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Last December, 22 high school boys were named to the Associated Press's All-Pennsylvania Scholastic football team. Here is the authentic account of how one young warrior from Bishop Egan High School made the grade:
My younger brother Mark was born with a protruding lower lip. For the first 10 years of his life he bore a strong resemblance to Baby Huey, that blubbering cartoon duck, because he appeared to be incessantly pouting. My two other brothers, Chris and Matt, joined me in beating him regularly for this. Nobody likes a crybaby.
Mark learned to wield a fist before too long, and, gradually, our buffetings tapered off. But the abuse already administered had taken root, affecting Mark's character the same way it might have affected an attack dog abused in its formative years: Mark grew into an All-Pennsylvania defensive end. Now that he is a senior in high school, he has a fat handful of scholarship offers. And do you think he has thanked us, his brothers, his trainers, even once?
Still, we are happy for the ingrate, and secretly proud of the role we each played in molding his football temperament. Our father is another matter. In direct contrast to our calm and dignified celebration at Mark's All-State selection. Dad indulged in an orgy of self-congratulation when Mark made the grade. At long last, Dad's knowledge of the superiority of the Murphy seed had been corroborated—by nothing less than the Associated Press!
Someone kill the fatted calf.
While religion is the opiate of some people, Dad—Mr. Murphy—is among the many Americans for whom football is truly locoweed. Indeed, he is in their vanguard. Every August his nostrils dilate, and each whiff of the approaching NFL season churns his blood. Out come the trappings of his passion—the hip flask, the Empire Model 214 lightweight binoculars and the Styrofoam boosters cushion that keeps his patriarchal backside comfortable during long afternoons at the gridiron.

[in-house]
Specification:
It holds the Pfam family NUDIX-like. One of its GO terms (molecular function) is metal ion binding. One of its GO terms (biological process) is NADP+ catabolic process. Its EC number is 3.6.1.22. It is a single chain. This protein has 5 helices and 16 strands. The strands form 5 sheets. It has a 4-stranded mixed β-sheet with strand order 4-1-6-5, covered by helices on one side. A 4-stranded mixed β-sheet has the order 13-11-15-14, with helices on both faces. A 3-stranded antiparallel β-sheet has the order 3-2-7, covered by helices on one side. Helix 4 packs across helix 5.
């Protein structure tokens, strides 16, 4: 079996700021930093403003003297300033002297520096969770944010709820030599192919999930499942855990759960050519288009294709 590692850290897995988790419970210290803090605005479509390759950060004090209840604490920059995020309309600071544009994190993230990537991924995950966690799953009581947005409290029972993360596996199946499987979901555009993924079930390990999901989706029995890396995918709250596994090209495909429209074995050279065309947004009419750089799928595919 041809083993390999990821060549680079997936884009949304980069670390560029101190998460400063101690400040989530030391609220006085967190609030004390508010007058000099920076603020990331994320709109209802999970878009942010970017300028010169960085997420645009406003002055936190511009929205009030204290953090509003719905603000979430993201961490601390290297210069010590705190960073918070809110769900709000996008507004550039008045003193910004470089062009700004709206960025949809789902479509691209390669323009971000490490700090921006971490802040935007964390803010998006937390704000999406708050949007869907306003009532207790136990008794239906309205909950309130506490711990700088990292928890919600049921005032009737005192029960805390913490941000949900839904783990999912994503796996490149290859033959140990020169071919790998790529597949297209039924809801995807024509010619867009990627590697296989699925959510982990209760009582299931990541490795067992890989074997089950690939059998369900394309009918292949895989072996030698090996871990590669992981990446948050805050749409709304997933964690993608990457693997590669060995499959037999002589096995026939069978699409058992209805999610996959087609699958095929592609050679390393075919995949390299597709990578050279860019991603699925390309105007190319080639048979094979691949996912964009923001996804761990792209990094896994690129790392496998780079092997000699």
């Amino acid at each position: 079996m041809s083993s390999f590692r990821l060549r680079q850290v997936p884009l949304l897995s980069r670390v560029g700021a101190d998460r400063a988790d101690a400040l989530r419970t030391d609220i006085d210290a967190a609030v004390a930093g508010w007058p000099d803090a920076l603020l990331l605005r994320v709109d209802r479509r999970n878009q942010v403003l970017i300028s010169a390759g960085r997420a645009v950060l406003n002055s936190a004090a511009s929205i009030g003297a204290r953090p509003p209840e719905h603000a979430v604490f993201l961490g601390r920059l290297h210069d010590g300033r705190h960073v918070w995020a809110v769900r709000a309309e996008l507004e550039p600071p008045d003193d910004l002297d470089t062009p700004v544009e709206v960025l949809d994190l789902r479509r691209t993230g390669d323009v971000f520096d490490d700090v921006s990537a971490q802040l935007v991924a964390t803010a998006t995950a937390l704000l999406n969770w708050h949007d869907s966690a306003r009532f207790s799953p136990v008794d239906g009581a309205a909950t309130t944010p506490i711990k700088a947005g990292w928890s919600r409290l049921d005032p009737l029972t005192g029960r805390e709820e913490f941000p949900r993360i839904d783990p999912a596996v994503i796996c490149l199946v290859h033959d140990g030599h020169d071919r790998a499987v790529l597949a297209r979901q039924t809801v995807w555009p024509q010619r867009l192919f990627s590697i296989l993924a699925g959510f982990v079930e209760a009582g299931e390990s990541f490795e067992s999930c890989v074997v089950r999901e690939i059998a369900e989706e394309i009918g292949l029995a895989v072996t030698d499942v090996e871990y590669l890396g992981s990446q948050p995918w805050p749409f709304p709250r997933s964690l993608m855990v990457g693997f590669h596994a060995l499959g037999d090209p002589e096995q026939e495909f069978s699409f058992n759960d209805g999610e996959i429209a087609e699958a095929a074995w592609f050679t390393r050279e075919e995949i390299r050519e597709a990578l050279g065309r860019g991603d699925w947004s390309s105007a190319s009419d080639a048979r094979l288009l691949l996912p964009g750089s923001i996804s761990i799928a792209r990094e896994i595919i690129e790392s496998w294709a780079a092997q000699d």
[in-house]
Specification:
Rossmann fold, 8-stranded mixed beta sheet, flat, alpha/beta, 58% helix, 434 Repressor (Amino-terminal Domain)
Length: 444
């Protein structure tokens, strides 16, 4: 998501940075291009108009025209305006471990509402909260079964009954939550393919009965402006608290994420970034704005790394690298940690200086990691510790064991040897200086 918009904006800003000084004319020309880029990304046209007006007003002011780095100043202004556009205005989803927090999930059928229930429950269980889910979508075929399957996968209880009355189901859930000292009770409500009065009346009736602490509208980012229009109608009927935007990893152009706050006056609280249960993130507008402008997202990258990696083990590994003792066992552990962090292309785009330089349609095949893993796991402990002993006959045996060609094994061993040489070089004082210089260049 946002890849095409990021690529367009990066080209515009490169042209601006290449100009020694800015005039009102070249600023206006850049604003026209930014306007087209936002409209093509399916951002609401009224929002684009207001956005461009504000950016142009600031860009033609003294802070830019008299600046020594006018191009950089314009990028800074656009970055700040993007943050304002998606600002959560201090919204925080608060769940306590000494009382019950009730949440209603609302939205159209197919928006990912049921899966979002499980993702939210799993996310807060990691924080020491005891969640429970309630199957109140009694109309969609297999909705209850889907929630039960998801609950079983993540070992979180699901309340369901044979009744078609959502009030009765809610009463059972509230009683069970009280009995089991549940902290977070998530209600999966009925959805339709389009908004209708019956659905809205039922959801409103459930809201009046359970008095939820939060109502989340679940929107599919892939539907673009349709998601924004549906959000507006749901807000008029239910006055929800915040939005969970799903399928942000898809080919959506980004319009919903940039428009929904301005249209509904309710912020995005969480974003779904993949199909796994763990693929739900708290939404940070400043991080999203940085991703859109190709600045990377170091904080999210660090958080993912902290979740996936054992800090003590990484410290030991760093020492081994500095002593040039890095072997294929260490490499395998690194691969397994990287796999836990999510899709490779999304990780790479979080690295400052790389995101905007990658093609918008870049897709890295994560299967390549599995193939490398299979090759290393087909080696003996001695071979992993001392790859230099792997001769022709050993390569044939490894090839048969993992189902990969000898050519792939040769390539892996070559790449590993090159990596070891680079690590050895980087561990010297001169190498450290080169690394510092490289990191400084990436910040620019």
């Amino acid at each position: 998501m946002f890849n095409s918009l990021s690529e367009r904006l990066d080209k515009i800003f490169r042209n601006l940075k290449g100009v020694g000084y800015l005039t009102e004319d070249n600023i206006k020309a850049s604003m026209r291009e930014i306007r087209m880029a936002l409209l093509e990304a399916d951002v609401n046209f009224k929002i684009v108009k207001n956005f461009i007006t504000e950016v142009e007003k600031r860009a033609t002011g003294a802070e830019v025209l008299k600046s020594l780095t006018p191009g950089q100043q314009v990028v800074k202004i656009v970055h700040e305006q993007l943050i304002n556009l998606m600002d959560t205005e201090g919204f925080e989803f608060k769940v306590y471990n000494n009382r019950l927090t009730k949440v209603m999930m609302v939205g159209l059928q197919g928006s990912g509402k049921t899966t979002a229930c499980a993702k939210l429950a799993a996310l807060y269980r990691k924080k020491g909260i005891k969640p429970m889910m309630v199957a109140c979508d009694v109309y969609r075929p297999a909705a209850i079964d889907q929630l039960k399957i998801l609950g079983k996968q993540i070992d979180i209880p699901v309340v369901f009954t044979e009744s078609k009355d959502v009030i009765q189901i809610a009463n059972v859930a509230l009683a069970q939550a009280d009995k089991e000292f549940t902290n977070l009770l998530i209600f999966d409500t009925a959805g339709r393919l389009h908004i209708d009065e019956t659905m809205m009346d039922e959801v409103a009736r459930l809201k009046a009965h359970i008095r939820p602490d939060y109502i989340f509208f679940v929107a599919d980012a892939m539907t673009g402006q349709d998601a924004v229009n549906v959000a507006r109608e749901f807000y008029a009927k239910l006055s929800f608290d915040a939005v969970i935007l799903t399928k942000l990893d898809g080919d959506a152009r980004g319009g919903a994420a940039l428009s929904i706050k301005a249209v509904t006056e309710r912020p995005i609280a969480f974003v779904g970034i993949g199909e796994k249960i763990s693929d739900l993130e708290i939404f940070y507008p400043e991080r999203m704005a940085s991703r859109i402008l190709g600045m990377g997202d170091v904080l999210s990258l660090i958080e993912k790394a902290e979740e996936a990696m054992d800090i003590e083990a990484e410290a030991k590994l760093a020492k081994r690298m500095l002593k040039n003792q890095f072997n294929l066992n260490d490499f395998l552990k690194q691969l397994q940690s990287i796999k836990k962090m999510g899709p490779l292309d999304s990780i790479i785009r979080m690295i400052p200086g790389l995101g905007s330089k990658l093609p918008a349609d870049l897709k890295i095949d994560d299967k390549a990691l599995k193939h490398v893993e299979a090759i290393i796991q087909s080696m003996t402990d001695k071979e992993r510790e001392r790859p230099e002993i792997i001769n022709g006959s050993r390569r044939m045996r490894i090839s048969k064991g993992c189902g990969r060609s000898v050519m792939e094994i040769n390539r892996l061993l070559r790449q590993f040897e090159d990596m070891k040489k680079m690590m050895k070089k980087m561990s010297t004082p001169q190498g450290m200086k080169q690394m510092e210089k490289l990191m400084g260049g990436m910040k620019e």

In the stands, Mr. Murphy is vocal even for a rabid football father, but he is only moderately profane. As football mothers go, Mrs. Murphy is far too easily embarrassed. Shortly after each coin toss, she suggests that her spouse affix a muzzle to his head. She has plain, direct words for his bleacher antics: "He acts like a child."
For his part, when the game is over, when the froth is wiped from the corners of his mouth and his eyes have once again rolled back down into their sockets, Mr. Murphy can seldom recall how he behaved.
This is certainly the only chink in his otherwise wholesome, temperate character. In his office especially, where he issues important directives and drinks very hot coffee without spilling or slurping, he is the perfect picture of the well-groomed manager.